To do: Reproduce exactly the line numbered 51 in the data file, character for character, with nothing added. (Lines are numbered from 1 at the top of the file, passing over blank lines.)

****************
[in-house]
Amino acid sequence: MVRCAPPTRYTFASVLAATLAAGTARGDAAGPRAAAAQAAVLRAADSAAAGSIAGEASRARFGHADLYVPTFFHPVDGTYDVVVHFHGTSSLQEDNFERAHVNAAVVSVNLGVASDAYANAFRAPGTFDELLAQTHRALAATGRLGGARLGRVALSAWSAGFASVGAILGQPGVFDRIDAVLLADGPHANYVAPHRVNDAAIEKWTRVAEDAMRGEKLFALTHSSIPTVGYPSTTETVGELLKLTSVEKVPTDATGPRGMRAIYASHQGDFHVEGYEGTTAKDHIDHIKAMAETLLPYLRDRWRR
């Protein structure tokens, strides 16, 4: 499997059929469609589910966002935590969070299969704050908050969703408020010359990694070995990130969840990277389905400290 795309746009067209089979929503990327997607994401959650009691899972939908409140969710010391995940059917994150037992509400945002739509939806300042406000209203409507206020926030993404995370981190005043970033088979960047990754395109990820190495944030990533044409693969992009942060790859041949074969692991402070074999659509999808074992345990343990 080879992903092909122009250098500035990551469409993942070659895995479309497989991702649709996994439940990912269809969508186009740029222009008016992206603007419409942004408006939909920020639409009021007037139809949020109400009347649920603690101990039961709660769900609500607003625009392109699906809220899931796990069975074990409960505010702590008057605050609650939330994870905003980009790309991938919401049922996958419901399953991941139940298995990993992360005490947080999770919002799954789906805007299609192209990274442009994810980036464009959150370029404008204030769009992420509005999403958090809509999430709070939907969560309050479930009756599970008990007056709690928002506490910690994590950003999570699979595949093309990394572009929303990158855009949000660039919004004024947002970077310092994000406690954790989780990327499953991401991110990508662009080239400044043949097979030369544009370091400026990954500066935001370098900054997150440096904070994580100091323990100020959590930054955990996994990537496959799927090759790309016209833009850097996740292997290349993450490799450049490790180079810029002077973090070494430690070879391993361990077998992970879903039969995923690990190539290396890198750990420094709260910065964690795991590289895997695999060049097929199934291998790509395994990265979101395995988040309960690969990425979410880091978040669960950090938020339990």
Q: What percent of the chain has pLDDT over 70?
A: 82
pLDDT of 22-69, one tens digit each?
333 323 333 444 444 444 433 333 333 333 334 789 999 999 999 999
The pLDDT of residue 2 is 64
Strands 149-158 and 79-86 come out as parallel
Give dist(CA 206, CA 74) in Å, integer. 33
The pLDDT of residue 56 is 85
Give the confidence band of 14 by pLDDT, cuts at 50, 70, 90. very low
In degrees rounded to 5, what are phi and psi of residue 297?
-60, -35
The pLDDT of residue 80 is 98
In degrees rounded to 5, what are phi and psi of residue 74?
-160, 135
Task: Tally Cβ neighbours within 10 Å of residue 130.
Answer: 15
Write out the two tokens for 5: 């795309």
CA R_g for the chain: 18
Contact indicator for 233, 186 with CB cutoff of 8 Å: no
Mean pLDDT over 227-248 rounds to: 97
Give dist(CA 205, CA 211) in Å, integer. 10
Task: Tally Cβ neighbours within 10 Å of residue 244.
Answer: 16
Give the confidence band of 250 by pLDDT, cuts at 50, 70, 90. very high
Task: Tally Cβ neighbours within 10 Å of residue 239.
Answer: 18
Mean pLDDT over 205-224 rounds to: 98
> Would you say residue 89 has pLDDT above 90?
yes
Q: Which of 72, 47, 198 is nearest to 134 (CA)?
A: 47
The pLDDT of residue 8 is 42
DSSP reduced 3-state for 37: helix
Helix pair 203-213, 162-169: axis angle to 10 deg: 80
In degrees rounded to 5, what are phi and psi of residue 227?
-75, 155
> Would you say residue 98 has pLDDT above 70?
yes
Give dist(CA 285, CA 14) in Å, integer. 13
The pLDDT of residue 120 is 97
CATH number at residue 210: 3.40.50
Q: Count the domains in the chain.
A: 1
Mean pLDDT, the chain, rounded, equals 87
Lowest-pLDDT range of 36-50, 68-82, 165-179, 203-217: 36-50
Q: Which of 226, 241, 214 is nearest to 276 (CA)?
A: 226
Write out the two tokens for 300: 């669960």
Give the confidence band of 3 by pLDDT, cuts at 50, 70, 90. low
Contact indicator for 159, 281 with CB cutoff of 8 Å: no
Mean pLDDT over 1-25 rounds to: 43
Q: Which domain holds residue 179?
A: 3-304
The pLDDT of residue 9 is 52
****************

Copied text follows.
Write out the two tokens for 300: 């669960």